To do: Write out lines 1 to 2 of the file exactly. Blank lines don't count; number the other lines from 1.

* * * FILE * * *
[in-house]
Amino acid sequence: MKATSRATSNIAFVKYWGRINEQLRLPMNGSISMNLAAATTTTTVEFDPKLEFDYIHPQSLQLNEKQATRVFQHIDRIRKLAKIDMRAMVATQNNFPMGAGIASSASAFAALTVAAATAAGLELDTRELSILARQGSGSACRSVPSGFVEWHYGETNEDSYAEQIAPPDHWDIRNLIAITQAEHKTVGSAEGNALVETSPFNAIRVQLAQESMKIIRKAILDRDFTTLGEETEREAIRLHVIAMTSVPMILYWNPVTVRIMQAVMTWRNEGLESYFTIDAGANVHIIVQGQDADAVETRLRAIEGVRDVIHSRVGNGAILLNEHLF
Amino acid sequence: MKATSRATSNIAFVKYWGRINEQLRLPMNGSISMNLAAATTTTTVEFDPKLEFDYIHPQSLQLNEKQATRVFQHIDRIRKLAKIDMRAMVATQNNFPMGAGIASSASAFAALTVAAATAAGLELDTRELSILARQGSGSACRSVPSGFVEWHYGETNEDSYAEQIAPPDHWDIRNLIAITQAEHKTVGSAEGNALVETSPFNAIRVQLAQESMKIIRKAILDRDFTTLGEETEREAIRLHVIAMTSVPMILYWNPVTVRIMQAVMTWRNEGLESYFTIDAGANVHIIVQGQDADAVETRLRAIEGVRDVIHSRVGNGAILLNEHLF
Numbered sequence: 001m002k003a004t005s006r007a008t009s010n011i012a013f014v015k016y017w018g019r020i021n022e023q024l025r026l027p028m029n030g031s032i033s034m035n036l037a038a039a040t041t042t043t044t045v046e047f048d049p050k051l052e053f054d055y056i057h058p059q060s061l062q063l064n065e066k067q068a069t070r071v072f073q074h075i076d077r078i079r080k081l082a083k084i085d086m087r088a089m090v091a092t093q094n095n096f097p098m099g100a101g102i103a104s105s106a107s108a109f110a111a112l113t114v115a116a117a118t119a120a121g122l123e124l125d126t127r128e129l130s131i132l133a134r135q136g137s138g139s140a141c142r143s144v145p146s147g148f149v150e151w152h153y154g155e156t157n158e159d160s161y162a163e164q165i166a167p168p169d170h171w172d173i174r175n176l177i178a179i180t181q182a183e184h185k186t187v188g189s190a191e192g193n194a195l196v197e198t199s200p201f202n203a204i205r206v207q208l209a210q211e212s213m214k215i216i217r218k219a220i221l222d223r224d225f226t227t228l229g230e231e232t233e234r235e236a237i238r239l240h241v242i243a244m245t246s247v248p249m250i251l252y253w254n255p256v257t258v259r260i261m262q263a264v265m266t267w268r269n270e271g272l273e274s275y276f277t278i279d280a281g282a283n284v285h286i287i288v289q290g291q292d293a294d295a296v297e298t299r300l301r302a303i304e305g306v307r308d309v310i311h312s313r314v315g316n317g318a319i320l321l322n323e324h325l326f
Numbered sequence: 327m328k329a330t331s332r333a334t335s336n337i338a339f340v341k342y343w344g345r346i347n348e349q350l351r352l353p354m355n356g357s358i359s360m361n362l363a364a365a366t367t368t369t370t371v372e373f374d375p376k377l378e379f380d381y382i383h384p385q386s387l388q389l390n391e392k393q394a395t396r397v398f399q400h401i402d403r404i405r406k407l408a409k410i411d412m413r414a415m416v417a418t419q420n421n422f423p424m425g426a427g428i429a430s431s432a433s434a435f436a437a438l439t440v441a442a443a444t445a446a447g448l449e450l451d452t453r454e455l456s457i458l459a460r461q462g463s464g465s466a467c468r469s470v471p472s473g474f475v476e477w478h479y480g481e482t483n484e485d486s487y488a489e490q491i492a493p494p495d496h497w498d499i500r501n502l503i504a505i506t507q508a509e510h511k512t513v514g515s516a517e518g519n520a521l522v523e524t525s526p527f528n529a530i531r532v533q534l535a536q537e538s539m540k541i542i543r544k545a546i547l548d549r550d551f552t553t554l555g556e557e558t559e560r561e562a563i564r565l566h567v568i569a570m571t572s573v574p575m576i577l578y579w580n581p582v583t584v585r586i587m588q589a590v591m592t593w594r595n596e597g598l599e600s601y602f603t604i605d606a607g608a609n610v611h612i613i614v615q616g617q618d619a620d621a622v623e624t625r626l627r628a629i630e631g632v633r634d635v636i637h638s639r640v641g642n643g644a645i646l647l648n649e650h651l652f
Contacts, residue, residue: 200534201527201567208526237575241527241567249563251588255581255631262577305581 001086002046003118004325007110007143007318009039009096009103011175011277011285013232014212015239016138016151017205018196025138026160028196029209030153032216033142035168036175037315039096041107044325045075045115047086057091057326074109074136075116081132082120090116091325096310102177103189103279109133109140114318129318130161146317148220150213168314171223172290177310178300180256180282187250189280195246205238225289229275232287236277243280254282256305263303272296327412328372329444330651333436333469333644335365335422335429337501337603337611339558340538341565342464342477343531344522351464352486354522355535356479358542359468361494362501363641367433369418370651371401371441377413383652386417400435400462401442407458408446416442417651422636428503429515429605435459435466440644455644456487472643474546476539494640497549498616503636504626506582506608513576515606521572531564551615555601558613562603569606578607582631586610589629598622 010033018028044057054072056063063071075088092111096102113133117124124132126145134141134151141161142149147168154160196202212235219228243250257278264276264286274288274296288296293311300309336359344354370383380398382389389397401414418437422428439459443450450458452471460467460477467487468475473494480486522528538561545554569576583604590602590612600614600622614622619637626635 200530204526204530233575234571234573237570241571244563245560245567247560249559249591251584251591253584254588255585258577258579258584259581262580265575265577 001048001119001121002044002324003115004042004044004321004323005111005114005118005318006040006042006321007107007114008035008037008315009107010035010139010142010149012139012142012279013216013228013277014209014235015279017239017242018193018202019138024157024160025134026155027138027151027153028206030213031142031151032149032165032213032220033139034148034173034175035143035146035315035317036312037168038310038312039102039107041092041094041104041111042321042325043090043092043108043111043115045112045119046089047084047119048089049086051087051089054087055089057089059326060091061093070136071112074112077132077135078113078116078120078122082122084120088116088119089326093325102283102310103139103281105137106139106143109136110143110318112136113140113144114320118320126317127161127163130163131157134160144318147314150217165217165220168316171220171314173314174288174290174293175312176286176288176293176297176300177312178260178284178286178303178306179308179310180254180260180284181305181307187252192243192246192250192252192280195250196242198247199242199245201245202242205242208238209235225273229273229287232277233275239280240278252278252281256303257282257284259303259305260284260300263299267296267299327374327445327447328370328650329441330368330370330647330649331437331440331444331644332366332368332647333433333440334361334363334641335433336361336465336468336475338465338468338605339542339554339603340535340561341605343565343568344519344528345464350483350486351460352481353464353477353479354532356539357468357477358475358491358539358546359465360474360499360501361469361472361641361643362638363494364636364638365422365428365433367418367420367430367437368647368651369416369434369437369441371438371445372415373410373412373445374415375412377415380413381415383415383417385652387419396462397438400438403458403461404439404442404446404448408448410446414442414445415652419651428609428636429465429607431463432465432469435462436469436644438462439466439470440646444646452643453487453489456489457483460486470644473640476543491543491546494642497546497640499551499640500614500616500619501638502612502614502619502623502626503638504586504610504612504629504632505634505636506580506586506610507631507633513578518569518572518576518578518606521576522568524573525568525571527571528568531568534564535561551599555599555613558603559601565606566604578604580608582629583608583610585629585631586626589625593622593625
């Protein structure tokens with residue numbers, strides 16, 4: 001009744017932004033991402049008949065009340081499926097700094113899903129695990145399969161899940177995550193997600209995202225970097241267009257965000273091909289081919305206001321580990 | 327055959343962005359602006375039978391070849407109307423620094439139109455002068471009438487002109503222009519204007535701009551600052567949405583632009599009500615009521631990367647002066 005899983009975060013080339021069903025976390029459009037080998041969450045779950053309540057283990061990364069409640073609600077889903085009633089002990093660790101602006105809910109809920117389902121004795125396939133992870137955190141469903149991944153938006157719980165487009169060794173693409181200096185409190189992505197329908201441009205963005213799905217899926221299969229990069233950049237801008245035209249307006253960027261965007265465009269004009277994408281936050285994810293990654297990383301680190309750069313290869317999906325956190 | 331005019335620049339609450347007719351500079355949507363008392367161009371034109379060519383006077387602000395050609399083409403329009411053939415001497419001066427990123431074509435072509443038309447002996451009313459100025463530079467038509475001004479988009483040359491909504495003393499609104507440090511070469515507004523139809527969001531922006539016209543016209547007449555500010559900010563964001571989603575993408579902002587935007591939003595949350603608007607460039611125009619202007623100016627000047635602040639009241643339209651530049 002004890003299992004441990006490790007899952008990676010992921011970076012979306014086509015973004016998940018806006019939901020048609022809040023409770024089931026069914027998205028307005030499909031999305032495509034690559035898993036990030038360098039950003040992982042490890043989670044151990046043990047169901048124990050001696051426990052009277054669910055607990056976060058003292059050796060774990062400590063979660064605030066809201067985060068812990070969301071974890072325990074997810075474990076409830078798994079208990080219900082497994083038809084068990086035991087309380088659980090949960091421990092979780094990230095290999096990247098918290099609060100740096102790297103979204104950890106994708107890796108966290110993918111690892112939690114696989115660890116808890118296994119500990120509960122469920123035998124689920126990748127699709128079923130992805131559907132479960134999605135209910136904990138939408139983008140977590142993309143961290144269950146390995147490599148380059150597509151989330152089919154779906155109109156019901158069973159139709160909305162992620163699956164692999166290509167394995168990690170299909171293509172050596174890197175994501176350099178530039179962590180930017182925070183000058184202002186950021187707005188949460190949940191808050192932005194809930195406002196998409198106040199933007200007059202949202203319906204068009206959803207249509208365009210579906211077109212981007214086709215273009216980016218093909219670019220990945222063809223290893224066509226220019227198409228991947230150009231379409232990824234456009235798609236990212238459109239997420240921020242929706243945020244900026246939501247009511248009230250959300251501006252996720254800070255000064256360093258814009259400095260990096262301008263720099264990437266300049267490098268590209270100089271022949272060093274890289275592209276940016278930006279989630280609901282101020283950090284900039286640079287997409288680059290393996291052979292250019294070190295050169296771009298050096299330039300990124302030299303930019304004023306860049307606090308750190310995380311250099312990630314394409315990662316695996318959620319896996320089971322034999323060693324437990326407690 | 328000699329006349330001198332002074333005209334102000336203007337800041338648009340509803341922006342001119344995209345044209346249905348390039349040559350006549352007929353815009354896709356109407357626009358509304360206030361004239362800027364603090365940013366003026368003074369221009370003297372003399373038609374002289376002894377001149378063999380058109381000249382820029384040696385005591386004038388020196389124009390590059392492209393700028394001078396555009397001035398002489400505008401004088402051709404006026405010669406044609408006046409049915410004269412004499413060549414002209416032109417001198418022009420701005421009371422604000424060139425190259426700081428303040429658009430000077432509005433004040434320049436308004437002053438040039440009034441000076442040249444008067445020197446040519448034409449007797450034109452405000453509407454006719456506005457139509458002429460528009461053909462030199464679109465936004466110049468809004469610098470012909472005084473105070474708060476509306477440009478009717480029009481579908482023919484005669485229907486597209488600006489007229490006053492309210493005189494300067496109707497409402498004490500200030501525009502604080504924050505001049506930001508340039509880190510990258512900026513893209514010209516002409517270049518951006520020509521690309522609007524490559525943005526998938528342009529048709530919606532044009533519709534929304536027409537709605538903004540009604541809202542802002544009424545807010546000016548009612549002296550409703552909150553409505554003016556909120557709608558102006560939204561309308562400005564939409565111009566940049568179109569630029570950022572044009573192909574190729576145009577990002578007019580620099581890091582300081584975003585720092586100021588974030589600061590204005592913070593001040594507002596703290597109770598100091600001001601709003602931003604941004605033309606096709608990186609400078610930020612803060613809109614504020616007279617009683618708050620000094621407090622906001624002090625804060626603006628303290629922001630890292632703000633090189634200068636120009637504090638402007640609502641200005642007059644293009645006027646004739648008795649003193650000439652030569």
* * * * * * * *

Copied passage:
[in-house]
Amino acid sequence: MKATSRATSNIAFVKYWGRINEQLRLPMNGSISMNLAAATTTTTVEFDPKLEFDYIHPQSLQLNEKQATRVFQHIDRIRKLAKIDMRAMVATQNNFPMGAGIASSASAFAALTVAAATAAGLELDTRELSILARQGSGSACRSVPSGFVEWHYGETNEDSYAEQIAPPDHWDIRNLIAITQAEHKTVGSAEGNALVETSPFNAIRVQLAQESMKIIRKAILDRDFTTLGEETEREAIRLHVIAMTSVPMILYWNPVTVRIMQAVMTWRNEGLESYFTIDAGANVHIIVQGQDADAVETRLRAIEGVRDVIHSRVGNGAILLNEHLF